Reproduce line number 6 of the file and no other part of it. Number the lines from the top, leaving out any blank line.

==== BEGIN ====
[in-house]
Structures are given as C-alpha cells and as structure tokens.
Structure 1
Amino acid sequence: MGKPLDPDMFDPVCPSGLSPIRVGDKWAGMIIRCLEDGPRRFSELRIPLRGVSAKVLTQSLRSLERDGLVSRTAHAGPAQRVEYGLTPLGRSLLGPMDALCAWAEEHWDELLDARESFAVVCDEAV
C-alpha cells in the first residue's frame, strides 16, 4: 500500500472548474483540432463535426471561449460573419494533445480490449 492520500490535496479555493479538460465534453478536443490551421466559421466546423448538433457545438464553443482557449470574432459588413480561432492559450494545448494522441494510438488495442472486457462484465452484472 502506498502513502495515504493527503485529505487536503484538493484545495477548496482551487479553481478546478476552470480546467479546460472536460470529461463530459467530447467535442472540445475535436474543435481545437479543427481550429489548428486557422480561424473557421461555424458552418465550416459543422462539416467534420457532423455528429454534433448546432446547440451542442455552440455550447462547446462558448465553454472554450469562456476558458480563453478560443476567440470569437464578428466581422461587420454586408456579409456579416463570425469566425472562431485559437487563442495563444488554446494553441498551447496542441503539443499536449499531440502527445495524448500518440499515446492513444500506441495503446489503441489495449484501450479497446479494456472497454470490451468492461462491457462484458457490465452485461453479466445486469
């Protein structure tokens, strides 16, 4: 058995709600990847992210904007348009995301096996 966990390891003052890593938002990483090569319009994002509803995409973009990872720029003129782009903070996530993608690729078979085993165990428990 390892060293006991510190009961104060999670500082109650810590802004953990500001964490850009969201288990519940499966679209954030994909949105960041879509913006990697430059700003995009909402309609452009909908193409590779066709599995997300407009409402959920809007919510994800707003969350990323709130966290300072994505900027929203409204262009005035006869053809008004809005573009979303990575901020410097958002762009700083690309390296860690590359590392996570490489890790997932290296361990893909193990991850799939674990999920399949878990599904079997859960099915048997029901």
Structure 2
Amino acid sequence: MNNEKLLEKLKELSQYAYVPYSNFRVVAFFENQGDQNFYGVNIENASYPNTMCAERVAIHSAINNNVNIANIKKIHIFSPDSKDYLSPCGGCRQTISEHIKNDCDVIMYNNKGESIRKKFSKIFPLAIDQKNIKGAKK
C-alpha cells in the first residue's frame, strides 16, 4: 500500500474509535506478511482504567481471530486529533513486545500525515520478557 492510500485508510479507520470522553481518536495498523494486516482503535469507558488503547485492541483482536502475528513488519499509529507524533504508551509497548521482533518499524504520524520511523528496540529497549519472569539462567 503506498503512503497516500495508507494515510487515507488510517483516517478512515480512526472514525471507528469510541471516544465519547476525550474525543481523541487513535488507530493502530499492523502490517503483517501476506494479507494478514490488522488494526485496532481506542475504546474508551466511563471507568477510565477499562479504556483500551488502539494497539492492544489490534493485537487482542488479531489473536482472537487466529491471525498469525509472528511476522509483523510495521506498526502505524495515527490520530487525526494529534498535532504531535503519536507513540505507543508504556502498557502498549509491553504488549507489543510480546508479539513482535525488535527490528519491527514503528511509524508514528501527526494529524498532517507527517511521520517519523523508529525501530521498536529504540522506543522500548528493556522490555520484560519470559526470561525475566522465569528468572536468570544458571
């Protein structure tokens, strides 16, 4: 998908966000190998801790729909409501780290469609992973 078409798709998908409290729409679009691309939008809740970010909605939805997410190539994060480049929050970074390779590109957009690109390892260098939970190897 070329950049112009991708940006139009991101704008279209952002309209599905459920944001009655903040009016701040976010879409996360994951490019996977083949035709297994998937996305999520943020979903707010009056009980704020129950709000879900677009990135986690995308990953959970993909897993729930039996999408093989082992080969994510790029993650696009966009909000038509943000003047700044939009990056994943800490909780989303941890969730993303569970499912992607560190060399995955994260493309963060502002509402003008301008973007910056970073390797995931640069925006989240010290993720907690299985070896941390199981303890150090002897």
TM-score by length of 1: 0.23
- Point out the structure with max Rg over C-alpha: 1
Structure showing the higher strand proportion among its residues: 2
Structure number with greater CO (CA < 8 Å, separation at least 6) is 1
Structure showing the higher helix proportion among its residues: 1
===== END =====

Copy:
């Protein structure tokens, strides 16, 4: 058995709600990847992210904007348009995301096996 966990390891003052890593938002990483090569319009994002509803995409973009990872720029003129782009903070996530993608690729078979085993165990428990 390892060293006991510190009961104060999670500082109650810590802004953990500001964490850009969201288990519940499966679209954030994909949105960041879509913006990697430059700003995009909402309609452009909908193409590779066709599995997300407009409402959920809007919510994800707003969350990323709130966290300072994505900027929203409204262009005035006869053809008004809005573009979303990575901020410097958002762009700083690309390296860690590359590392996570490489890790997932290296361990893909193990991850799939674990999920399949878990599904079997859960099915048997029901």